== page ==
Let’s get into the new class first then. The Crusader uses a new resource known as Wrath, which is generally used for its most damaging and repetitive spells. What’s interesting is that most Crusader skills don’t actually cost Wrath to cast. Indeed, on the build I’m using theory-crafted by a friend of mine, only one spell actually costs Wrath to use. It costs around a third of my Wrath pool to use, but it also critical hits for 12 million in a line area, so that’s to be expected.
The trade-off for spells that don’t cost Wrath is generally a high cooldown, and vice versa, although in some cases that’s not necessarily the case, which sort of gives you the feeling that Blizzard maybe didn’t think through the Crusader class fully before release and instead intends to work on it more now that it’s out the door.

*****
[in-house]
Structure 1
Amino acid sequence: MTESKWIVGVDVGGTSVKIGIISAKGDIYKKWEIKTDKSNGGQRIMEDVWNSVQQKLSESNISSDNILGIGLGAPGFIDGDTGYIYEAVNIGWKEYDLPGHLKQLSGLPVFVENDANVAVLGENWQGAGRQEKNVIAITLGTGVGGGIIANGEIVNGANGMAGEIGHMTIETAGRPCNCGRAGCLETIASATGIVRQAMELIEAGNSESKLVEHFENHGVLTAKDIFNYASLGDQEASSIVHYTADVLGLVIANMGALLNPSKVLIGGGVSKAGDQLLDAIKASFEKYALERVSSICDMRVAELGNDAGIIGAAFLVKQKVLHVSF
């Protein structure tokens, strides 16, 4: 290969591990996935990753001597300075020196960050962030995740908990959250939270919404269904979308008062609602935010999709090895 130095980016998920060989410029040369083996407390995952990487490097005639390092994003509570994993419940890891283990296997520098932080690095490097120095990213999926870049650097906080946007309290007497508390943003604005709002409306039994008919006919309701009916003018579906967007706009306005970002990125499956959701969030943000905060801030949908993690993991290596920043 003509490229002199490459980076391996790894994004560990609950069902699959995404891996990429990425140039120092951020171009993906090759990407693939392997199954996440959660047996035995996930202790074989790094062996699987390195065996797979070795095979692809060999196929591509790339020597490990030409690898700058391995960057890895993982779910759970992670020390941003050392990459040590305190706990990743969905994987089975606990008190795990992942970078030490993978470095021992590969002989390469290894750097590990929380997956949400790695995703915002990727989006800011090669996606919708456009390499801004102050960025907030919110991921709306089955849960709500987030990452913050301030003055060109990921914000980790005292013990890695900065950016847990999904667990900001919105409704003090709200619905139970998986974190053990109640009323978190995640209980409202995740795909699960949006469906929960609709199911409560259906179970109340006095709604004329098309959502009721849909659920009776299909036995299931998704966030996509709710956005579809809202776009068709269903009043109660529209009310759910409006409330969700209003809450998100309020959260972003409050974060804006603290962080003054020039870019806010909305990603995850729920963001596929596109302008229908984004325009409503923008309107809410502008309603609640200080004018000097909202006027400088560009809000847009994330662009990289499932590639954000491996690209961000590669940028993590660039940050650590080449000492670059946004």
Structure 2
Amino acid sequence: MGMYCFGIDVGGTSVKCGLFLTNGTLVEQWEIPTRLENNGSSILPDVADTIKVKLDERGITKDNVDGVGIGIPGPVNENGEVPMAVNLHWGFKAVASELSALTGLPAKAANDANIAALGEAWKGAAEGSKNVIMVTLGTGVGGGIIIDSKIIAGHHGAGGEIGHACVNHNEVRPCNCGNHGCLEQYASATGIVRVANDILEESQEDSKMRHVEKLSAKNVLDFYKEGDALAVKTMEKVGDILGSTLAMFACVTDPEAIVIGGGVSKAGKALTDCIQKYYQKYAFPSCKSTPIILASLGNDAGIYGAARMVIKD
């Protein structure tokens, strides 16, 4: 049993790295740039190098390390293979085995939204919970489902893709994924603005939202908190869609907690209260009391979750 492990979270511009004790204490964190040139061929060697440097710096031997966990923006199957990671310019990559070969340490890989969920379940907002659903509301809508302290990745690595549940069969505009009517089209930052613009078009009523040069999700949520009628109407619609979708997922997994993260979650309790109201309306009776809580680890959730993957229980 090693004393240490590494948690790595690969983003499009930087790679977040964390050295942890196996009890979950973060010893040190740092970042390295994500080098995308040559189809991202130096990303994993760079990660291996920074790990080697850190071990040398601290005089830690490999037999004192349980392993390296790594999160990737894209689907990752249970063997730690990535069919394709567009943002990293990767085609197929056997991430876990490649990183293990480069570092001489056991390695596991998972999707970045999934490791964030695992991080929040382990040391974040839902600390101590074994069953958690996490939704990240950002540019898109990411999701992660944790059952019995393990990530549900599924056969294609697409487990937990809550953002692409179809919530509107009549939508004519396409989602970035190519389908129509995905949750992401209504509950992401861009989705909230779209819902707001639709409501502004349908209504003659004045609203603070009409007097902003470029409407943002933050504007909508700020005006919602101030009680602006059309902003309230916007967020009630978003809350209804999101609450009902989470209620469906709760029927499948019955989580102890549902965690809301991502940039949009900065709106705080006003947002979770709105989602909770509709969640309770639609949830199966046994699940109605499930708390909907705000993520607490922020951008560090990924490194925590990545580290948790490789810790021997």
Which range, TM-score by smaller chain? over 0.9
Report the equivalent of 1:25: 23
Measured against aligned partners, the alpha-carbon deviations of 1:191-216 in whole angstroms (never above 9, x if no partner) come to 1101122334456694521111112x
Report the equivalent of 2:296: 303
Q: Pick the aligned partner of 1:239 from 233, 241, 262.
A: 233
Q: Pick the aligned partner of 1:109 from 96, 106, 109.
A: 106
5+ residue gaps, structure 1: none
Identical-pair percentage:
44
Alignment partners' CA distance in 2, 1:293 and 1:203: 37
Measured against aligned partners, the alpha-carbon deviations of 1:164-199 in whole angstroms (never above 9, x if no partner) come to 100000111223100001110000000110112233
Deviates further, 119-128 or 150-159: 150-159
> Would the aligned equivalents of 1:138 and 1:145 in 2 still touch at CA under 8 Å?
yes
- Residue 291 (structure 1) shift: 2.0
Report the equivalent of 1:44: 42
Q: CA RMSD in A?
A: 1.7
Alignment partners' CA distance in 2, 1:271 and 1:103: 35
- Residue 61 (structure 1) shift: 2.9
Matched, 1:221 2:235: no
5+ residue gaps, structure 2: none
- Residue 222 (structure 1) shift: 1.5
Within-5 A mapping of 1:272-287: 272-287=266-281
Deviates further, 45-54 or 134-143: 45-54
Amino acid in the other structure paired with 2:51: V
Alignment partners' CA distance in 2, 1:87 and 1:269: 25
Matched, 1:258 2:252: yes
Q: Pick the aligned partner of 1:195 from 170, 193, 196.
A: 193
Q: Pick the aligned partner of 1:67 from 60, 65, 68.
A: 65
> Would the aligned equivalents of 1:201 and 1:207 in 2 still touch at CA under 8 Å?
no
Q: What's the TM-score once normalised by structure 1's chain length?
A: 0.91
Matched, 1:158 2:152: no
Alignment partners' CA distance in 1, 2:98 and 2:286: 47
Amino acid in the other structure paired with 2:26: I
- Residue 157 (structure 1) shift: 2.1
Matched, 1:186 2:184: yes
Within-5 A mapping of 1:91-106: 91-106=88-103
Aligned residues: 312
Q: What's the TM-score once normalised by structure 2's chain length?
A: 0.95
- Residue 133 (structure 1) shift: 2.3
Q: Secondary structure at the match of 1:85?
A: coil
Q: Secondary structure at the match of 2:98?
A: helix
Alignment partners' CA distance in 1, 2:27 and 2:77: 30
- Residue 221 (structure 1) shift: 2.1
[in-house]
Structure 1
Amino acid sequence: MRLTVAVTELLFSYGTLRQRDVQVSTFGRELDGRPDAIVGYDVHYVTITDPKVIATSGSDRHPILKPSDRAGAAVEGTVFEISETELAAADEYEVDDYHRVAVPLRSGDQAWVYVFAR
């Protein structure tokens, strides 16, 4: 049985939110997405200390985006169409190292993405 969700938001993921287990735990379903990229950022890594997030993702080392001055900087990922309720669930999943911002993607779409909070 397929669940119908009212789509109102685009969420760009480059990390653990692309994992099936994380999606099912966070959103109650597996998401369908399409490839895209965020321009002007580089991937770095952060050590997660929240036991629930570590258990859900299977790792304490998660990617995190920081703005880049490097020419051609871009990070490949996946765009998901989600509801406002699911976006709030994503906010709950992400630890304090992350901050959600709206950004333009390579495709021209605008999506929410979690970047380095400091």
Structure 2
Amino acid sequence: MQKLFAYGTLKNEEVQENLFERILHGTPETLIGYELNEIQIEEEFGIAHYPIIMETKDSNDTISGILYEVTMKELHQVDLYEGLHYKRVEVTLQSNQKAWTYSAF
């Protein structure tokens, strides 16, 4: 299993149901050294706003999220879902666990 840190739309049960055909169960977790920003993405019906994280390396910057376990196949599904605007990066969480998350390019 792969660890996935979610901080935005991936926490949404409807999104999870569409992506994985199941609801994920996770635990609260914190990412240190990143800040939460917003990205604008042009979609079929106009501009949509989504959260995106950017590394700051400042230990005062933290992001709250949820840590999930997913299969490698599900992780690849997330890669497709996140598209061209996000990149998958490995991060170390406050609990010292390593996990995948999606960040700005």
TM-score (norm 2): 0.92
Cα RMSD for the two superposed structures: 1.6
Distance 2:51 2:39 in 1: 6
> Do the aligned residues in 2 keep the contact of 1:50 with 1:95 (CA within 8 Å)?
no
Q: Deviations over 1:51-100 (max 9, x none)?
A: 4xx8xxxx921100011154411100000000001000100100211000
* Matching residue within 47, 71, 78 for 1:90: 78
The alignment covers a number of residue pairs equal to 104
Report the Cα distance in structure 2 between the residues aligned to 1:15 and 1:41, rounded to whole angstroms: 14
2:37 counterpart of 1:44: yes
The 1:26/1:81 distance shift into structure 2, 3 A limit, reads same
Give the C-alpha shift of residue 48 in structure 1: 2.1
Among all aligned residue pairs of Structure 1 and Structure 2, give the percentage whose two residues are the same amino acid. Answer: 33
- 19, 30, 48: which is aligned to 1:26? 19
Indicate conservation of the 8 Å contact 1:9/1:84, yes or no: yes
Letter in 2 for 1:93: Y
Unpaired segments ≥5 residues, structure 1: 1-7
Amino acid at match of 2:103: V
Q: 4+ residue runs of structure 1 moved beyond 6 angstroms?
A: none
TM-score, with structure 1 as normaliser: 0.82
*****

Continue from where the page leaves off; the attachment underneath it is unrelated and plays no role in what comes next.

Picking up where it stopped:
That would be a much bigger issue if the Crusaders weren’t a hell of a lot of fun to play, however. Their skills feel incredibly fun to use, with most of them having a high visual impact on fights and great player feedback. Whether you’re vacuuming in 30 enemies, blinding them with a flash of light, or hitting them with Bombardment (a giant area-of-effect (AoE) spell that inflicts catastrophic damage); Crusaders feel big, tanky and powerful. I had a plenty of fun playing my female Crusader, who also happens to look incredible from a design standpoint.